We are all guilty of it and some of you are probably doing it right now.
Trawling through your Facebook feed, you come to an abrupt stop. A smiling face looks back at you. You see him, your beloved ex, holding on to his new girlfriend. “Sophia and Dave are now in a relationship.”
Your stomach sinks and you slide under the covers pulling your iPhone closer to your face, examining if he’s really happy. You open his Instagram examining every photo of them before you click on to her account. She’s on private. Damn it. Roadblock.
You wonder if you still remember his password? Laughing it off and looking insane, shaking your head, you blurt out “HA, I’m such stalker” and, in the middle of your fit, double tap a photo from 53 weeks ago.
You have officially hit rock bottom and joined the club of thousands of other clumsy social media stalkers.
Normally if someone admitted “I’m the biggest stalker ever; ain’t no shame in it” [talking about you, Bianca Crawford, 21, from Facebook] you’d be wondering when she’ll receive her restraining order. But when it comes to Facebook stalking, such behaviour is totally normal.
A recent study of US college students suggest that 88 per cent of us snoop through our ex’s Facebooks, 74 per cent creep on their ex’s new flame’s profile and 70 per cent of us will use a mutual friend’s profile to spy on an ex.
I felt these stats were far too high, so I decided to ask all my Facebook friends. I found that more than 90 per cent admitted to stalking an ex, old friends and people you hated and wanted to laugh at.
This kind of snooping may not be illegal and probably harms only ourselves but… face it… we ARE stalking.
“Stalking is really just an online extension to the idea of asking a mutual friend what someone is up to,” says Hugh Stephens, a social media expert.
“We’re curious about what others do, who they are, what they ‘like’ and what they share. Particularly if we have a romantic interest in them, or perhaps an estranged relationship. Online social media provides just the platform for all your stalking needs.
“I certainly think that from a young person’s perspective, anything that is publicly available is ‘fair game’,” says Stephens.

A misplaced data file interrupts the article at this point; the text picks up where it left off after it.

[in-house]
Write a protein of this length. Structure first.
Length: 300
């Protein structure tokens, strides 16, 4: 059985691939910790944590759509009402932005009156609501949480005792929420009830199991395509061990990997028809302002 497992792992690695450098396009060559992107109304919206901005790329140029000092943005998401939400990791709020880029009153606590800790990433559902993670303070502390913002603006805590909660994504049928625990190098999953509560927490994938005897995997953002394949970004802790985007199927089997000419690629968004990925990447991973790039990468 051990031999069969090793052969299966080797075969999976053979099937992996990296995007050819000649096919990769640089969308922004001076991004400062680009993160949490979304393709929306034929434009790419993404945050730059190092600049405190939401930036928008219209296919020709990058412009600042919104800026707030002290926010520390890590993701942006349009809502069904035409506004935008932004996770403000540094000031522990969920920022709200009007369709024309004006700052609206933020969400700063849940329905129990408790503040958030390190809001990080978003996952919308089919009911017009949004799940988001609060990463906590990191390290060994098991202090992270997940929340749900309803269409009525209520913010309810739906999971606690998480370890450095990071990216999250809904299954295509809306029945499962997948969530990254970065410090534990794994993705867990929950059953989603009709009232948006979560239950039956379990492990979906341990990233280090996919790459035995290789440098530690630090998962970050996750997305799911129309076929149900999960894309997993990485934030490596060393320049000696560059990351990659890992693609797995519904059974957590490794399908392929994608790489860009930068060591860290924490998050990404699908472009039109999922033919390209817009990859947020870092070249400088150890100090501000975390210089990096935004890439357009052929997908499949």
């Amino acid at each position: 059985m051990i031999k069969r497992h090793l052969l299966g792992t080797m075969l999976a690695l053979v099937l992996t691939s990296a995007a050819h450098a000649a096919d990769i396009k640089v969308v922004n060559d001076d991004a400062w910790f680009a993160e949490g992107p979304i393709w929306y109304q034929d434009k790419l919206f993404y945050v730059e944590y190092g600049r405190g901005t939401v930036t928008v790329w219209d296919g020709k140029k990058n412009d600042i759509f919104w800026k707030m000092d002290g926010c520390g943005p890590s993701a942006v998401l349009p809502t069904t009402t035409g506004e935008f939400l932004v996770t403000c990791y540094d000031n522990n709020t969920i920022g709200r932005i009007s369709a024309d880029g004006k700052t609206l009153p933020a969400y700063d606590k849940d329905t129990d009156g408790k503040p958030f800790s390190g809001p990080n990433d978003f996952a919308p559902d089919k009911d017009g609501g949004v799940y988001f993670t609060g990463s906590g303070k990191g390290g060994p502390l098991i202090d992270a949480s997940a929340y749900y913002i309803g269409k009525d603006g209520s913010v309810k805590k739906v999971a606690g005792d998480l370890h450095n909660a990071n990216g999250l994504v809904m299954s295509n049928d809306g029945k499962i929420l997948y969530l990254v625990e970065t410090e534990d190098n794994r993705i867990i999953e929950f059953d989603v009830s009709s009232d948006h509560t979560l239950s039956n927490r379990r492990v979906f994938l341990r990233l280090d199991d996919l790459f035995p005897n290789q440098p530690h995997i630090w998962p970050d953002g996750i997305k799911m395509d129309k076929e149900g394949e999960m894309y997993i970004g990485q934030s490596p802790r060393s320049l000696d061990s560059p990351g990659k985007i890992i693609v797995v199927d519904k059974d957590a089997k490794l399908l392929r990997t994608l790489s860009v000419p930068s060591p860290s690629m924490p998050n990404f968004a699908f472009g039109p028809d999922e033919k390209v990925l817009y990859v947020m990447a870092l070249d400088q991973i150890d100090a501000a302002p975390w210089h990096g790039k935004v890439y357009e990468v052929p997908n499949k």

Facebook user Chloe Perik, 21, sums it up: “That’s the reason we get Facebook.”
Stephens reckons it is a behaviour that has become normalised: “That is, young people as a whole don’t see anything inherently wrong with it.” But he feels that is harmless enough and that we opt in to being stalked by using loose privacy settings and so on.
Cameron Camp, writing for the welivesecurity website, said that 63 per cent of Facebook profiles are set to public, which makes stalking on Facebook incredibly easy.
Stephens says the problem, in part, arises because people just aren’t sufficiently savvy to know how to change their privacy settings and few understand the freedom of access that “public” really implies. “I think there’s almost an implicit consent to Facebook stalking.”
All this stalking business may seem relatively safe and fun, and for the most part it is, but it can also be seriously embarrassing. At one point or another we have all had that red-faced moment where we have sent a rogue friend request, liked an old status or photo or perhaps, like Facebooker Lee Mcardle, “typed the person I was trying to stalk’s name in the status update bar”.
“The only issue would be if this behaviour wanders into the criminal territory – which is usually when stalking online becomes stalking in real life, and it’s pretty open-shut to say that’s not a harmless behaviour,” Stephens says.
One person to experience the darker side of social media stalking is Lachlan Starkey, 23. “My ex would log on to my Snapchat and open all my snaps,” he told The Newsroom, “then abuse me for talking to the girls I’d received snaps from. One night I was leaving the house and saw her and a friend sitting in my driveway. Bemused I approached the car and they drove away… My privacy was seriously invaded.”
For Starkey, the ex’s behaviour had gone beyond the world of non-invasive stalking, and headed straight for AVO territory. What began as a crazed ex changing Facebook and email passwords began to seriously mess with his head and his social life.
So just remember if your stalking habits become a bit more spying-from-the-shrubs than simply following-all-their-best-friends on Instagram, you’re probably doing it wrong.
It’s perfectly normal to be curious and want to know all the goss but sometimes it’s best to just put the iPhone down and walk away.
Put it down… Seriously!
Safe stalking, everybody. – Bree Hetherington
Top photo from www.ansonalex.com.